Local authorities told to maintain operator solvency

Latest advice says contract payments must be made, with the aim of maintaining supply after the crisis and that contract conditions can only be changed when a supplier invokes a ‘force majeure’ claim that the contract cannot be executed

The government has issued a policy guide to local authorities advising that they should support suppliers such as coach and bus operators by continuing to make payments, though on the basis of ‘open book’ transparency.

The latest Public Procurement Note says that local government and other public bodies such as the NHS should operate on the basis of protecting suppliers from insolvency, but while continuing payment of existing contracts, can insist on operators supplying cost details to provide complete transparency. The full text of the PPN is HERE 

The PPN advises that operators must continue to pay employees for contracts being paid by local government and make appropriate payments to their suppliers: ‘It is vital that contracting authorities pay all suppliers as quickly as possible to maintain cash flow and protect jobs. Contracting authorities should also take action to continue to pay suppliers at risk due to COVID-19 on a continuity and retention basis. Contracting authorities can consider making advance payments to suppliers if necessary,’ the PPN says.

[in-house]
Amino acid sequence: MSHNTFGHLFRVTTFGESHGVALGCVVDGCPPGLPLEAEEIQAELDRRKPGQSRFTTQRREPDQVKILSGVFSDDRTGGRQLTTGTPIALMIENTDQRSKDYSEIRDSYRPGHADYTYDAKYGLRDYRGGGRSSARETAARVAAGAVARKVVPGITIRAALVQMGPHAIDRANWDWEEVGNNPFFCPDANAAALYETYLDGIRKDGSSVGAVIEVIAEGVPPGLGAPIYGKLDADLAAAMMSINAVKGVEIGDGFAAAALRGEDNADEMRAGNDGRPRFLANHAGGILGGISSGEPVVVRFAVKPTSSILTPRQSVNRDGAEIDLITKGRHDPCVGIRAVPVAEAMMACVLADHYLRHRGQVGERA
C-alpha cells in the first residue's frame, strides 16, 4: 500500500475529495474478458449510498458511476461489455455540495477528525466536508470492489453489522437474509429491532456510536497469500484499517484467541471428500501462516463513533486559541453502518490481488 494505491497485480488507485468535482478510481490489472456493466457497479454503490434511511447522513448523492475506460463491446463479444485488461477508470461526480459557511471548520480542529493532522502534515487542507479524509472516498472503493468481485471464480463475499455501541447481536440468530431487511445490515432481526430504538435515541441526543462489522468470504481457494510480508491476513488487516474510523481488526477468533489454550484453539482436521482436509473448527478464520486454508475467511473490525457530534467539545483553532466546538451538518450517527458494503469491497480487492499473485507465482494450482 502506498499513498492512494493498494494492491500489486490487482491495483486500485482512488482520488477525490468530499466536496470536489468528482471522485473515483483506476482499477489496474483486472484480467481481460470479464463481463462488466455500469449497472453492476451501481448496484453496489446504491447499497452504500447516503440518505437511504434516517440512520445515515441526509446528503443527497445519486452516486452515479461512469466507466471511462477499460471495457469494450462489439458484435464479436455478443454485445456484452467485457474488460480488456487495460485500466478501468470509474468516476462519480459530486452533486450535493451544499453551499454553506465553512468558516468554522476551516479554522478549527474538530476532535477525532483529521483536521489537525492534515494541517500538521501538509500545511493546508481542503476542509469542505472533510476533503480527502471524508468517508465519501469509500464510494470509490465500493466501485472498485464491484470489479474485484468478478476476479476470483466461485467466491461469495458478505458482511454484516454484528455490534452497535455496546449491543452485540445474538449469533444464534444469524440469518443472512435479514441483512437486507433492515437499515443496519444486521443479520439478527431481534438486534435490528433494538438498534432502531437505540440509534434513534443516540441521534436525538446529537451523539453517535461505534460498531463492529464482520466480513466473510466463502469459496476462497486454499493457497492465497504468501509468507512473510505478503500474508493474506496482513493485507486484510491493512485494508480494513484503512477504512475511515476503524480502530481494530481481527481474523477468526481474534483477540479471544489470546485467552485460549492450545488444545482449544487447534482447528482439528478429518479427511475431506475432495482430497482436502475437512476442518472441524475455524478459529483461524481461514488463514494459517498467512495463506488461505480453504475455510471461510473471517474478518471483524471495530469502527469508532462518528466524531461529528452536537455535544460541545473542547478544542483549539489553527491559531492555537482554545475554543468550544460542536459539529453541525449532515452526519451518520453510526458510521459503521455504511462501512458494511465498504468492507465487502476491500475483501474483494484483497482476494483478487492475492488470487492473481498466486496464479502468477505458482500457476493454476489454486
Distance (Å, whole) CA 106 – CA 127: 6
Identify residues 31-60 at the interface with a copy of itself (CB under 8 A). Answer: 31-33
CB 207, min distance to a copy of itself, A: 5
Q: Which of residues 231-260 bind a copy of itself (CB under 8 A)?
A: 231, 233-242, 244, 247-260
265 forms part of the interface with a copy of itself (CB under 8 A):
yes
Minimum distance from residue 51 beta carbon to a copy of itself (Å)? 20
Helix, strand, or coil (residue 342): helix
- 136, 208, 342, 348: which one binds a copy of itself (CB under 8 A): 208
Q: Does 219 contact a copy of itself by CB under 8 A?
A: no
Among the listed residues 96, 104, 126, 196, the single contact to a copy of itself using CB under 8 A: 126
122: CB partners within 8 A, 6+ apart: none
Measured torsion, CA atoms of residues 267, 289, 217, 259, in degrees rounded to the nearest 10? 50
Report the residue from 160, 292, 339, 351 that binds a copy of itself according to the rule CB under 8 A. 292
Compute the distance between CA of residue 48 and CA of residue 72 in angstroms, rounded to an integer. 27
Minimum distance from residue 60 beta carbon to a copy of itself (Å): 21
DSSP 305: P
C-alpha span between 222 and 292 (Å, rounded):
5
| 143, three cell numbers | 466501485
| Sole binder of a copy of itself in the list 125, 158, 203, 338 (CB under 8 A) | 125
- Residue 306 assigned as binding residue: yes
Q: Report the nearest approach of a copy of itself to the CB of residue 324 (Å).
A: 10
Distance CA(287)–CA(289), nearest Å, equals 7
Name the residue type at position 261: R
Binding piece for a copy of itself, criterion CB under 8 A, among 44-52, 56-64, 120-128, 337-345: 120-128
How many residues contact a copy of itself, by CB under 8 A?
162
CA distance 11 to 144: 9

Additionally, it says that public bodies can make advance payments to suppliers to ensure continuity after restrictions are lifted: ‘Treasury consent is granted for payments in advance of need where the Accounting Officer is satisfied that a value for money case is made by virtue of securing continuity of supply of critical services in the medium and long term. This consent is capped at 25% of the value of the contract and applies until the end of June 2020.’

The advice goes on to say: ‘Where contracts operate ‘payment by result’ or are ‘output/outcome’ based, payments to suppliers should be made on the basis of a calculation of the average of the last three months invoices. Where possible, any payments made to suppliers during this emergency period should be adjusted to ensure profit margin is not payable on any undelivered aspects of the contract, however this should not delay payments being made.’

The PPN allows public bodies to alter the structure of contracts, but only where the operator is claiming the contract conditions make the contract inoperable: ‘If a supplier seeks to invoke a clause relating to a form of contractual relief that would allow them to suspend performance, such as force majeure, contracting authorities should first work with the supplier to amend or vary contracts instead. These variations could include changes to contract requirements, delivery locations, frequency and timing of delivery, targets and performance indicators etc. Changes to the original terms should be limited to the specific circumstances of the situation, and considered on a case by case basis.’

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